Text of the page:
The first still is of Colonel Brandt (James Mason) and this is after Stranskys replacement took command of his Company and Brandt is giving his Company Commanders the speech where they will regain their lost ground and push the Russians back to Moscow.

      Still 2 is of Sergeant Steiner (James Coburn) and he and a few others ar eposing as captured Germans who are taken to Russian lines trying to make the Russians tink that the soldiers "guarding" these "PWs" lost their way when they are really trying to lead them all through the fluid Russian front lines.

      These are the first Cross of Iron stills I have seen for sale in a long long time so is why I snagged these while I could.
      Es Ist Verboten Mit Gefangenen In Einzelhaft Zu Sprechen..
    • Re: Classic War Movies- Cross of Iron (1977)

      I forgot to mention that the character of Sergeant Steiner is actually based on a real person who was a Knights Cross Recipient and who did fight on the Eastern Front. I forget his name but can get it if I remember to do so? in a day or two.
      Es Ist Verboten Mit Gefangenen In Einzelhaft Zu Sprechen..
    • Re: Classic War Movies- Cross of Iron (1977)

      A bit of info on the "Real" Sgt Steiner.

      His name was Johann Schwerdfeger, and he was a recipient of the Kinghts Cross may 17-43 and the 474th soldier to get the Oaks on: May14th 1944.

      Born in Nov 24 1914, was in the military serving in Inf Rgmt 85 from 1935-1937. He participated in the invasions of Poland and the Soviet Union. as a trooper in: 3rd Battalion Inf Rgmt 186 of the 73rd Inf Div.

      In the Summer of 1942 was in Jager Replacement Battalion 75 for the 228th Jager Regiment of the 101st Jager Division. Some of the battles he was in in the Eastern Front include: Charkow, Isjum, Kupjansk and the battles along the Don River Basin Area, Kamenz-Poldolsk the "Hube Kessel" was wounded on: May 14th 1944 as an Oberfeldwebel (Master Sergeant) and Platoon Leader in: 1st Btn Jgr Rgmt 228 of the 101st Jager Division. He was wounded on May 14th 1944-recievving the Gold Wound Badge-which means he was wounded previously and then no less than five times.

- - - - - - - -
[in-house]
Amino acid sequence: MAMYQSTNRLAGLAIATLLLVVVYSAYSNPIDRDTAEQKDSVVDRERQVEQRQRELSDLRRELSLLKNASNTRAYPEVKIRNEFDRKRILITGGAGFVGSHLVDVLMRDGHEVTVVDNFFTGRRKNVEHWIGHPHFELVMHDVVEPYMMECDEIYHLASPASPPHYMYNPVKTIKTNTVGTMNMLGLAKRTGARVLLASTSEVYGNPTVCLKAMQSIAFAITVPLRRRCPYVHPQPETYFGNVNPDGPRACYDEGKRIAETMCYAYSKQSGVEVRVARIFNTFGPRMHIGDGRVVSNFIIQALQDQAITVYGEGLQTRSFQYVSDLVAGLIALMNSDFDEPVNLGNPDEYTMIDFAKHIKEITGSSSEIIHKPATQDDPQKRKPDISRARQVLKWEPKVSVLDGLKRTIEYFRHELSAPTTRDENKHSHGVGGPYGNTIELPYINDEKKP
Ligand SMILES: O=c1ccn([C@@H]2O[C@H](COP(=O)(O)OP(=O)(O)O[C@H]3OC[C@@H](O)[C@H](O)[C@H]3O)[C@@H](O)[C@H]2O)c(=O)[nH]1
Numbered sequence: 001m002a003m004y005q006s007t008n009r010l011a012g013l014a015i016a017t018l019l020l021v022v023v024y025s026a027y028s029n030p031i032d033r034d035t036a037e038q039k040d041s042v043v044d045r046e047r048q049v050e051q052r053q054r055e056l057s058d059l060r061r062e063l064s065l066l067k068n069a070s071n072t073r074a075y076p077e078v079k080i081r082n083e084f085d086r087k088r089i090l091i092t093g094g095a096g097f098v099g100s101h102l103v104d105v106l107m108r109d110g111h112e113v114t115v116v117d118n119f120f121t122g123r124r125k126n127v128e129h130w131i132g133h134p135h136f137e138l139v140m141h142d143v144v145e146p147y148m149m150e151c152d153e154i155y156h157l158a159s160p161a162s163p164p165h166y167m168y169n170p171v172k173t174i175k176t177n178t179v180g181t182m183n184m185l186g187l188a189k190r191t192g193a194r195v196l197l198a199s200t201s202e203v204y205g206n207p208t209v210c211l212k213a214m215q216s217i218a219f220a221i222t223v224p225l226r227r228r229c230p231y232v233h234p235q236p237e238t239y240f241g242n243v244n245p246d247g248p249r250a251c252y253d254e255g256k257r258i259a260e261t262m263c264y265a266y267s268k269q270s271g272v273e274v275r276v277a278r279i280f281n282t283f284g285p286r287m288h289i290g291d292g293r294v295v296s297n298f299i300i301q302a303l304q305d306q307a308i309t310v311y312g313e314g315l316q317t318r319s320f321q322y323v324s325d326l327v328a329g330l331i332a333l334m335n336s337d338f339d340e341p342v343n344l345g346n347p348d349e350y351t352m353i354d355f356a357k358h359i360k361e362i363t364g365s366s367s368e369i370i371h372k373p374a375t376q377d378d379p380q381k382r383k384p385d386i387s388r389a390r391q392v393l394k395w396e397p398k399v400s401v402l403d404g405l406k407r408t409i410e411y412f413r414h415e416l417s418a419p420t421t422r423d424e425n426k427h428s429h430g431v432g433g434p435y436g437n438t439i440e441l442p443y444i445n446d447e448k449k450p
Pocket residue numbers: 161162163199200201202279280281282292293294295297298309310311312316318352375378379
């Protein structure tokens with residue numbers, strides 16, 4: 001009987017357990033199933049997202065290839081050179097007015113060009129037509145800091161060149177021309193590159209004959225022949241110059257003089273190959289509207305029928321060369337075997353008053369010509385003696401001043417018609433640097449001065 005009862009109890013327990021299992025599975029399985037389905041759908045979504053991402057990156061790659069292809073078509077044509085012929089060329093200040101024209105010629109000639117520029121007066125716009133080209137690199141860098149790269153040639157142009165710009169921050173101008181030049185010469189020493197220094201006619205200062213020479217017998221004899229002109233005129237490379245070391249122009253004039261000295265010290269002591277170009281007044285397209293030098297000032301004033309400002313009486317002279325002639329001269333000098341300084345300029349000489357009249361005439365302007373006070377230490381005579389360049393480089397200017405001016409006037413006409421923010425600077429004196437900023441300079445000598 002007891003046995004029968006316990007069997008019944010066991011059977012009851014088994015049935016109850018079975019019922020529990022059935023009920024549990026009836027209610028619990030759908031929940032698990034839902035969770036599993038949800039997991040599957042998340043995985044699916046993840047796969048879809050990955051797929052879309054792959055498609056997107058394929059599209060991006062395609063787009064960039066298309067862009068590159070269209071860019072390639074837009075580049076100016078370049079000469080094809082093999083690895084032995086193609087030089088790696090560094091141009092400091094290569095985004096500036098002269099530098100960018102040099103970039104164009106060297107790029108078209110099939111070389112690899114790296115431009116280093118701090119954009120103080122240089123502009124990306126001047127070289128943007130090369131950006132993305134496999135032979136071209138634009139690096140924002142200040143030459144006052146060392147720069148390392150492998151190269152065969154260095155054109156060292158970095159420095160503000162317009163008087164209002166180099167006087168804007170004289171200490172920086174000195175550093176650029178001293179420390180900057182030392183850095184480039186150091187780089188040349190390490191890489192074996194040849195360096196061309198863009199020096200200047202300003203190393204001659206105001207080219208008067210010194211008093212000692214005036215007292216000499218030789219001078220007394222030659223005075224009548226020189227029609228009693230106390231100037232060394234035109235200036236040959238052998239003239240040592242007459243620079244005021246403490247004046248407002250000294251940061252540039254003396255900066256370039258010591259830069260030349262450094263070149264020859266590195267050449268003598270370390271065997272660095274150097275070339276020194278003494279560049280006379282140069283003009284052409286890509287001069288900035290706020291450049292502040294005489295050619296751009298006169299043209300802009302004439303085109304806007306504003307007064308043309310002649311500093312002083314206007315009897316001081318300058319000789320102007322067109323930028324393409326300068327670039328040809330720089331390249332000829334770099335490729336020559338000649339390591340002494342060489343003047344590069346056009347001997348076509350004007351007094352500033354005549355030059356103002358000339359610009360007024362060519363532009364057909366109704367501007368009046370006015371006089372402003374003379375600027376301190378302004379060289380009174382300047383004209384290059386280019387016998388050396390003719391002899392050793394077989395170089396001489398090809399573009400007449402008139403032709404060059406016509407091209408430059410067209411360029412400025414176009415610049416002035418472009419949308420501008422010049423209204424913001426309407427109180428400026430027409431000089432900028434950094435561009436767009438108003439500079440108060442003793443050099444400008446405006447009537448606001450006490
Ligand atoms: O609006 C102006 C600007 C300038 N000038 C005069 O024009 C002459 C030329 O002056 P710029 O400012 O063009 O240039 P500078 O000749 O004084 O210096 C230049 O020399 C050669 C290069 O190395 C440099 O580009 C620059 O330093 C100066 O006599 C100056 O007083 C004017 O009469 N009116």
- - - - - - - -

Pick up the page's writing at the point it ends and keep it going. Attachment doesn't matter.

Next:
Es Ist Verboten Mit Gefangenen In Einzelhaft Zu Sprechen..

      The post was edited 1 time, last by The Ringo Kid ().

    • Re: Classic War Movies- Cross of Iron (1977)

      :blow::blow:Hi All,
      Ths film along with "Zulu" was used as motivational material during my basic training in the Australian Army. I must admit that both films made an impression on me. I thoroughly enjoyed James Coburn, James Mason and Maximilian Schell in their roles. Personally I don't think others would have got the chemistry that was there between the three of them.
      Redcap
      RACMP - For the troops With the troops
    • Re: Classic War Movies- Cross of Iron (1977)

      Redcap wrote:

      :blow::blow:Hi All,
      Ths film along with "Zulu" was used as motivational material during my basic training in the Australian Army. I must admit that both films made an impression on me. I thoroughly enjoyed James Coburn, James Mason and Maximilian Schell in their roles. Personally I don't think others would have got the chemistry that was there between the three of them.
      Redcap


      Hi Red, glad to see you back here. I feel the same way about the actors in Cross of Iron. The movie as a whole is simply unbeatable.

      Oh and, thatnks to a very Generous Gent-he sent me as a B-day gift, a few of his Cross of Iron stills. I have these already on CD and if you would like them? please let me know. I think all told thaere are about 84 or so stills on the newest CD made.

      Take care--Carl.
      Es Ist Verboten Mit Gefangenen In Einzelhaft Zu Sprechen..